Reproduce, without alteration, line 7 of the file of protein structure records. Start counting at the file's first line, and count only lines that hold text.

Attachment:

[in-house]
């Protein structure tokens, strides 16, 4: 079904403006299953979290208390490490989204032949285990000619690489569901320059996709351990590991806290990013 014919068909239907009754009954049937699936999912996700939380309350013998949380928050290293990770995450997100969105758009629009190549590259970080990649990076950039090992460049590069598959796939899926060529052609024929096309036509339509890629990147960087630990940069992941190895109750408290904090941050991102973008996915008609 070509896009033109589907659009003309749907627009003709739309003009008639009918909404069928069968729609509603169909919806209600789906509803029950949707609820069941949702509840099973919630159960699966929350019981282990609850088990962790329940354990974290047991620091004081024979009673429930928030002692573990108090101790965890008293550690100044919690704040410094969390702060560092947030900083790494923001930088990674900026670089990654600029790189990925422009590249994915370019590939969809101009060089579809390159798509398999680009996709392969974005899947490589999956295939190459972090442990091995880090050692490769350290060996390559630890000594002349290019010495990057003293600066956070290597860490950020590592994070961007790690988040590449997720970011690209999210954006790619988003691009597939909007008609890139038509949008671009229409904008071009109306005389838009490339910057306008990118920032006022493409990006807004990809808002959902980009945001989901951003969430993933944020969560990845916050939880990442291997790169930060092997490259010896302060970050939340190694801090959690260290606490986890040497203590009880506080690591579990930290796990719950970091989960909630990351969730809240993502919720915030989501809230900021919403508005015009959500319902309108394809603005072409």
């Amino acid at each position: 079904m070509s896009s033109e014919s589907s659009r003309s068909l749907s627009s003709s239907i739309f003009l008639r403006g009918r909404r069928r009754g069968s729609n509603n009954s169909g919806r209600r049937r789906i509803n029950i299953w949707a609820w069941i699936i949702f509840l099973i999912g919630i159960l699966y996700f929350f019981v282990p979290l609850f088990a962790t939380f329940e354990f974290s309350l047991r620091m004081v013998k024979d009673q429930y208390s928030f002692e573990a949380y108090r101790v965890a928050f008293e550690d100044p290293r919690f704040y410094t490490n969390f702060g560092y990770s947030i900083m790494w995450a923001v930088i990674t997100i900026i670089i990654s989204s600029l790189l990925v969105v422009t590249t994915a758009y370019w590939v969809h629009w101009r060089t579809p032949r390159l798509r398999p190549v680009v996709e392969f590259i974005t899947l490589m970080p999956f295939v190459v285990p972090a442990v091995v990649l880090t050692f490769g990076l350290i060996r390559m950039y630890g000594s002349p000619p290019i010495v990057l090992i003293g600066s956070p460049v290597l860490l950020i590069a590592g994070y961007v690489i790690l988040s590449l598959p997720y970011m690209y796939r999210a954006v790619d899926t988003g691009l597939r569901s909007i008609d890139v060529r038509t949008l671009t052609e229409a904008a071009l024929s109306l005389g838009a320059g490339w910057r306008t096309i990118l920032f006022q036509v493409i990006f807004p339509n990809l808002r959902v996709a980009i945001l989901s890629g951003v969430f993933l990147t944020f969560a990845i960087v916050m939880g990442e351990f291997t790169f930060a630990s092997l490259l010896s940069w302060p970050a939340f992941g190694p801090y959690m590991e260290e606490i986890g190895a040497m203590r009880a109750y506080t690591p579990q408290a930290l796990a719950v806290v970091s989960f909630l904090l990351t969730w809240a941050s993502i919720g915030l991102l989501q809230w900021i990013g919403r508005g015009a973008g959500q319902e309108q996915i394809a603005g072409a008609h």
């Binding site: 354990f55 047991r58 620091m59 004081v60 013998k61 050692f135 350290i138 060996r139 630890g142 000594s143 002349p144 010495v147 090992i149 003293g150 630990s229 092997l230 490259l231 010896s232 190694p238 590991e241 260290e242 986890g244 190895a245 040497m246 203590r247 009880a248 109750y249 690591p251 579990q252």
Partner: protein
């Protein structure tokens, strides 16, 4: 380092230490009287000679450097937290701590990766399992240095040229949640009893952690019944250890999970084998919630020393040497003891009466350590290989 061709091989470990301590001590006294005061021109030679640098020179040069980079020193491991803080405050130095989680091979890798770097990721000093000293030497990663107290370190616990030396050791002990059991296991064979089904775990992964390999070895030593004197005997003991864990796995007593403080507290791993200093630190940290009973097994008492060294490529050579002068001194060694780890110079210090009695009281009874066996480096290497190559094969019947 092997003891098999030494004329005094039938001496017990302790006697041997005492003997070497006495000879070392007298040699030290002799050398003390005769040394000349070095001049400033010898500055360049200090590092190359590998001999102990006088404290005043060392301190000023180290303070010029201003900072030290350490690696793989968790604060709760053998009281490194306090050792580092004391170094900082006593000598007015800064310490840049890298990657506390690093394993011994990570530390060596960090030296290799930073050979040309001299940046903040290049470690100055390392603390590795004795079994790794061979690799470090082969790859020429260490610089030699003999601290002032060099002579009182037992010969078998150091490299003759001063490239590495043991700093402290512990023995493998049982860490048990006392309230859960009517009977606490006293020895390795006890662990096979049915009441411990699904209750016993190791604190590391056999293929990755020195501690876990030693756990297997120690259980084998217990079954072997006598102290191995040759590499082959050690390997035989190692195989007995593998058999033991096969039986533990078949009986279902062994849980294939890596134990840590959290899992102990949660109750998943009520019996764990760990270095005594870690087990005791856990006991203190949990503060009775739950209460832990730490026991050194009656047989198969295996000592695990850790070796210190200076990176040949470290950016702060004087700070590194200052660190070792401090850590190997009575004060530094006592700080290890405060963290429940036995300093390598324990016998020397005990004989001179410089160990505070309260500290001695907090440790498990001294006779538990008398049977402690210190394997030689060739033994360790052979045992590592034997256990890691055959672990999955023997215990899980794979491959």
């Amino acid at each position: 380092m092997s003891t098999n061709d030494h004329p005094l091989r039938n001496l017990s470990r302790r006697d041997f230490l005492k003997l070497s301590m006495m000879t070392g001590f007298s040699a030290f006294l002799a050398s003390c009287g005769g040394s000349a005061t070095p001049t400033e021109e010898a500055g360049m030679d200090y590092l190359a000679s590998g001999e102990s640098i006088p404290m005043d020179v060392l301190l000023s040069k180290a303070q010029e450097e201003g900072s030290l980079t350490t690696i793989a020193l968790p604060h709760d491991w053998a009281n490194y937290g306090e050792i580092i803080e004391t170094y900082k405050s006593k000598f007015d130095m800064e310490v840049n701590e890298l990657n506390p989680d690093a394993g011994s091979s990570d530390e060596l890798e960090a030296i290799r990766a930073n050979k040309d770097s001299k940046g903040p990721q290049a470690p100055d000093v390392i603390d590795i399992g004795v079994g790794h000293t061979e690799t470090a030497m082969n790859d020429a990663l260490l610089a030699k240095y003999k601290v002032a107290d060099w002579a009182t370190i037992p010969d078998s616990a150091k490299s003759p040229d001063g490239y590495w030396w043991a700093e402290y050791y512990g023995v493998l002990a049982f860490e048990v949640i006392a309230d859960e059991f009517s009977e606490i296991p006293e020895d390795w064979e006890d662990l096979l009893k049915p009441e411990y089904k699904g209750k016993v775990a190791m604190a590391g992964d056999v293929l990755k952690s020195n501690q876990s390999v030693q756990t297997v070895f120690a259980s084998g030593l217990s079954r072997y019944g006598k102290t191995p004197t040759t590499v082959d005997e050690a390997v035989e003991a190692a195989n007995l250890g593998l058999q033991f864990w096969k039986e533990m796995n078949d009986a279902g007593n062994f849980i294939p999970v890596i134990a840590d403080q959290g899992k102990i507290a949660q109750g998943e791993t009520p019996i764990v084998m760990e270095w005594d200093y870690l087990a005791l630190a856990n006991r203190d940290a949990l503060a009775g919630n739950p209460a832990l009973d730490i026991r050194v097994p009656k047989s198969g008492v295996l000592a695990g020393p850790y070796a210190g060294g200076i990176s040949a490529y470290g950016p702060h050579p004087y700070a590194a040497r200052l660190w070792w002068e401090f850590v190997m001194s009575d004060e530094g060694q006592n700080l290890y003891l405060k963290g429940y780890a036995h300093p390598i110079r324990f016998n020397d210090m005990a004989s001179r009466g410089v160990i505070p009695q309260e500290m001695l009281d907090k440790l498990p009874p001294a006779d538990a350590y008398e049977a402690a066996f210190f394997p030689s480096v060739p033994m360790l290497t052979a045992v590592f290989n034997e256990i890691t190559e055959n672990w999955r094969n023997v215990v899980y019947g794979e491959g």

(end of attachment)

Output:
């Amino acid at each position: 380092m092997s003891t098999n061709d030494h004329p005094l091989r039938n001496l017990s470990r302790r006697d041997f230490l005492k003997l070497s301590m006495m000879t070392g001590f007298s040699a030290f006294l002799a050398s003390c009287g005769g040394s000349a005061t070095p001049t400033e021109e010898a500055g360049m030679d200090y590092l190359a000679s590998g001999e102990s640098i006088p404290m005043d020179v060392l301190l000023s040069k180290a303070q010029e450097e201003g900072s030290l980079t350490t690696i793989a020193l968790p604060h709760d491991w053998a009281n490194y937290g306090e050792i580092i803080e004391t170094y900082k405050s006593k000598f007015d130095m800064e310490v840049n701590e890298l990657n506390p989680d690093a394993g011994s091979s990570d530390e060596l890798e960090a030296i290799r990766a930073n050979k040309d770097s001299k940046g903040p990721q290049a470690p100055d000093v390392i603390d590795i399992g004795v079994g790794h000293t061979e690799t470090a030497m082969n790859d020429a990663l260490l610089a030699k240095y003999k601290v002032a107290d060099w002579a009182t370190i037992p010969d078998s616990a150091k490299s003759p040229d001063g490239y590495w030396w043991a700093e402290y050791y512990g023995v493998l002990a049982f860490e048990v949640i006392a309230d859960e059991f009517s009977e606490i296991p006293e020895d390795w064979e006890d662990l096979l009893k049915p009441e411990y089904k699904g209750k016993v775990a190791m604190a590391g992964d056999v293929l990755k952690s020195n501690q876990s390999v030693q756990t297997v070895f120690a259980s084998g030593l217990s079954r072997y019944g006598k102290t191995p004197t040759t590499v082959d005997e050690a390997v035989e003991a190692a195989n007995l250890g593998l058999q033991f864990w096969k039986e533990m796995n078949d009986a279902g007593n062994f849980i294939p999970v890596i134990a840590d403080q959290g899992k102990i507290a949660q109750g998943e791993t009520p019996i764990v084998m760990e270095w005594d200093y870690l087990a005791l630190a856990n006991r203190d940290a949990l503060a009775g919630n739950p209460a832990l009973d730490i026991r050194v097994p009656k047989s198969g008492v295996l000592a695990g020393p850790y070796a210190g060294g200076i990176s040949a490529y470290g950016p702060h050579p004087y700070a590194a040497r200052l660190w070792w002068e401090f850590v190997m001194s009575d004060e530094g060694q006592n700080l290890y003891l405060k963290g429940y780890a036995h300093p390598i110079r324990f016998n020397d210090m005990a004989s001179r009466g410089v160990i505070p009695q309260e500290m001695l009281d907090k440790l498990p009874p001294a006779d538990a350590y008398e049977a402690a066996f210190f394997p030689s480096v060739p033994m360790l290497t052979a045992v590592f290989n034997e256990i890691t190559e055959n672990w999955r094969n023997v215990v899980y019947g794979e491959g």